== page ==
Guillermo Zea-Flores

Learn More
To eliminate transmission of Onchocerca volvulus, semiannual mass treatment with ivermectin (Mectizan; donated by Merck & Co) has been underway in Guatemala since 2000. We applied the 2001 World Health Organization (WHO) elimination criteria in the Santa Rosa focus of onchocerciasis transmission in Guatemala (10,923 persons at risk). No evidence of parasite(More)
Residents of five hyperendemic communities located in the central focus of onchocerciasis in Guatemala were treated with ivermectin (Mectizan) or placebo every six months for 30 months. The effects of treatment on prevalence and the intensity of skin infection (microfilarial skin density [MFD]) were evaluated. Significant and persistent reductions in both(More)
Adult Onchocerca volvulus, extracted from nodules before, and at intervals of two weeks to 12 months after, a single 150 micrograms/kg dose of ivermectin, were examined longitudinally and by sequential transverse sections. The mean number of male worms per nodule fell, and the proportion of nodules with no male worm rose, within two weeks of ivermectin and(More)
BACKGROUND Elimination of onchocerciasis (river blindness) through mass administration of ivermectin in the six countries in Latin America where it is endemic is considered feasible due to the relatively small size and geographic isolation of endemic foci. We evaluated whether transmission of onchocerciasis has been interrupted in the endemic focus of(More)
Onchocerca volvulus worms in nodules from Guatemalan patients treated with four, eight, or 11 single doses of ivermectin (150 micrograms/kg of body weight) that were given once every three months were examined by routine histologic techniques and compared with worms in control nodules from untreated persons living in the same location over the same time(More)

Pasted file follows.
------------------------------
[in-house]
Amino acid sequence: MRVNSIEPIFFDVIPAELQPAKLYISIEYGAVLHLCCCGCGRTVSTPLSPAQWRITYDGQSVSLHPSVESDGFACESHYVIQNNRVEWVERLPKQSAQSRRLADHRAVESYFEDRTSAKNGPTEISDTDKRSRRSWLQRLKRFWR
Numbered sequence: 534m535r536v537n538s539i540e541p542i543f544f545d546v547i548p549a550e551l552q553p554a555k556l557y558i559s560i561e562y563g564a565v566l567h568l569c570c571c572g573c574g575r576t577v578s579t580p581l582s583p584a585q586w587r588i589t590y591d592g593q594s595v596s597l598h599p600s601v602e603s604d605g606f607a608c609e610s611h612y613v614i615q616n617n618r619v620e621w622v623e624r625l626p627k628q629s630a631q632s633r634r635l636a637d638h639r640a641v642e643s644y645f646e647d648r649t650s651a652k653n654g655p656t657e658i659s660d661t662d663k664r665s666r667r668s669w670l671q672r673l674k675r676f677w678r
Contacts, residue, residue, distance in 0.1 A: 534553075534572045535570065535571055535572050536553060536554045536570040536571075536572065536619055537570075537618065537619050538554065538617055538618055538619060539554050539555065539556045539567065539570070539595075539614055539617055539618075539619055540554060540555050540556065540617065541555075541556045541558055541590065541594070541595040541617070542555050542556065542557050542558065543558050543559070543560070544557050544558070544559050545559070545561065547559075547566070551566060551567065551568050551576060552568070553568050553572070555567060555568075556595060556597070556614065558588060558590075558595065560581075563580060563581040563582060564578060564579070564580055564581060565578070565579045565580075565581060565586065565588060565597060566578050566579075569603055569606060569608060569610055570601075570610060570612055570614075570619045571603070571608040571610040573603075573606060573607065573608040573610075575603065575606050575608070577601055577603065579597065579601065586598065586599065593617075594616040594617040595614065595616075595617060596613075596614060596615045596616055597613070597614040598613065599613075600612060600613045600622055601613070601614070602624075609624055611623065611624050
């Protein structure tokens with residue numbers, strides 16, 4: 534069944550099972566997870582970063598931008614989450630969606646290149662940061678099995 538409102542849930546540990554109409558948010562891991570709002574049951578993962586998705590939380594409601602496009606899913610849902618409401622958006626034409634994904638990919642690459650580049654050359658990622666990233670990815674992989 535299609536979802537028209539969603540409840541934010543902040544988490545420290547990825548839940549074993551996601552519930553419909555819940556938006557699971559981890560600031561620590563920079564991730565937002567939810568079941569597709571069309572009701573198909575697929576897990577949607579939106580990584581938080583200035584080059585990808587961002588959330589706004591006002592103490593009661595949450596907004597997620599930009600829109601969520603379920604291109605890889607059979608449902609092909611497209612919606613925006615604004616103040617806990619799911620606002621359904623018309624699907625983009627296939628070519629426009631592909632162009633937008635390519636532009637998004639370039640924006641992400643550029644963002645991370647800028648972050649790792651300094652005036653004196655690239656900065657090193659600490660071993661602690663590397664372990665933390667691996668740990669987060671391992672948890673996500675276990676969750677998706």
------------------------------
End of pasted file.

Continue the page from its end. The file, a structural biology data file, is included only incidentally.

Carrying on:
In Latin America, onchocerciasis is targeted for elimination by 2012 through twice-yearly mass treatment of the eligible population with ivermectin. In Guatemala, two of the four historical endemic foci have demonstrated elimination of transmission, following World Health Organization guidelines. Using established guidelines ophthalmological, serological,(More)
Skin punch biopsies were performed in 54 selected patients with onchocerciasis participating in a clinical trial with amocarzine (CGP 6140) in Ecuador and Guatemala. Skin snipping for counting microfilariae of Onchocerca volvulus was done before treatment (day 0) and day 4 and 8 following start of the therapy which consisted of 3 mg/kg amocarzine(More)
This paper assesses the effects on adult Onchocerca volvulus of monthly doses of ivermectin (150 micrograms/kg) given over 4, 8, and 12 months to patients in Guatemala. Nodules were removed 4 months after the last dose; the adult O. volvulus were extracted by collagenase digestion, studied by histological techniques, and compared with worms from untreated(More)
Adult Onchocerca volvulus worms, extracted from nodules of Guatemalans by collagenase digestion, were examined whole and by histological techniques. One group of persons received a single 150 micrograms/kg dose of ivermectin; two other groups (one with older and one with younger nodules) received four similar doses of ivermectin at 6-month intervals. For(More)
To assess the effect of ivermectin treatment on the immunologic status of individuals with onchocerciasis, 27 patients from Guatemala were studied before and at 6-month intervals during 2 years of repeated semiannual treatment with ivermectin. T cell proliferative responses to onchocercal antigen increased transiently by 6 months (mean stimulation index(More)